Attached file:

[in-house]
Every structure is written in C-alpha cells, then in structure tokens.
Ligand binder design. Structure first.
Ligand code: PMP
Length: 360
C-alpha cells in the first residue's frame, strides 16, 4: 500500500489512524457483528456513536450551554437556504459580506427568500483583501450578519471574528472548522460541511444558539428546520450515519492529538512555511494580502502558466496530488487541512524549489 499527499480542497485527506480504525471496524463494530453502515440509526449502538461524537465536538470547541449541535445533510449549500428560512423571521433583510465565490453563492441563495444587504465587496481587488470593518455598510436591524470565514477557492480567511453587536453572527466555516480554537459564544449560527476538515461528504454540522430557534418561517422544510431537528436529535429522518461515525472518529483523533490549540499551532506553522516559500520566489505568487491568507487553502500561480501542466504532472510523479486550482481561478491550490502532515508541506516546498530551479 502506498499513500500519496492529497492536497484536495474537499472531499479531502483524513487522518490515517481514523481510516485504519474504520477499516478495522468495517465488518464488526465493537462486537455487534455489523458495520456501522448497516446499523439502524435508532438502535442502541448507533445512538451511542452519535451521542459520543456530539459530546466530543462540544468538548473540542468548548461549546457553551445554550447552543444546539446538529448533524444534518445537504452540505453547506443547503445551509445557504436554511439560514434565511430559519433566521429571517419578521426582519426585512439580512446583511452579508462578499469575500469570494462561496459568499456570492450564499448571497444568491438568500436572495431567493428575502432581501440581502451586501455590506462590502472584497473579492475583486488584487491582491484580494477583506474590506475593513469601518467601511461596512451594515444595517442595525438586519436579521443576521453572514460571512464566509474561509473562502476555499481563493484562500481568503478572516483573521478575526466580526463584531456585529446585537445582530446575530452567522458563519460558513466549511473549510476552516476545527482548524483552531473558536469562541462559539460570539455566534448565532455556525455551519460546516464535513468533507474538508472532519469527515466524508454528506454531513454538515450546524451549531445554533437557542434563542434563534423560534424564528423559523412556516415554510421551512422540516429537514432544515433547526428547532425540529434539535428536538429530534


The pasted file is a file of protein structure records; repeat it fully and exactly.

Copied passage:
[in-house]
Every structure is written in C-alpha cells, then in structure tokens.
Ligand binder design. Structure first.
Ligand code: PMP
Length: 360
C-alpha cells in the first residue's frame, strides 16, 4: 500500500489512524457483528456513536450551554437556504459580506427568500483583501450578519471574528472548522460541511444558539428546520450515519492529538512555511494580502502558466496530488487541512524549489 499527499480542497485527506480504525471496524463494530453502515440509526449502538461524537465536538470547541449541535445533510449549500428560512423571521433583510465565490453563492441563495444587504465587496481587488470593518455598510436591524470565514477557492480567511453587536453572527466555516480554537459564544449560527476538515461528504454540522430557534418561517422544510431537528436529535429522518461515525472518529483523533490549540499551532506553522516559500520566489505568487491568507487553502500561480501542466504532472510523479486550482481561478491550490502532515508541506516546498530551479 502506498499513500500519496492529497492536497484536495474537499472531499479531502483524513487522518490515517481514523481510516485504519474504520477499516478495522468495517465488518464488526465493537462486537455487534455489523458495520456501522448497516446499523439502524435508532438502535442502541448507533445512538451511542452519535451521542459520543456530539459530546466530543462540544468538548473540542468548548461549546457553551445554550447552543444546539446538529448533524444534518445537504452540505453547506443547503445551509445557504436554511439560514434565511430559519433566521429571517419578521426582519426585512439580512446583511452579508462578499469575500469570494462561496459568499456570492450564499448571497444568491438568500436572495431567493428575502432581501440581502451586501455590506462590502472584497473579492475583486488584487491582491484580494477583506474590506475593513469601518467601511461596512451594515444595517442595525438586519436579521443576521453572514460571512464566509474561509473562502476555499481563493484562500481568503478572516483573521478575526466580526463584531456585529446585537445582530446575530452567522458563519460558513466549511473549510476552516476545527482548524483552531473558536469562541462559539460570539455566534448565532455556525455551519460546516464535513468533507474538508472532519469527515466524508454528506454531513454538515450546524451549531445554533437557542434563542434563534423560534424564528423559523412556516415554510421551512422540516429537514432544515433547526428547532425540529434539535428536538429530534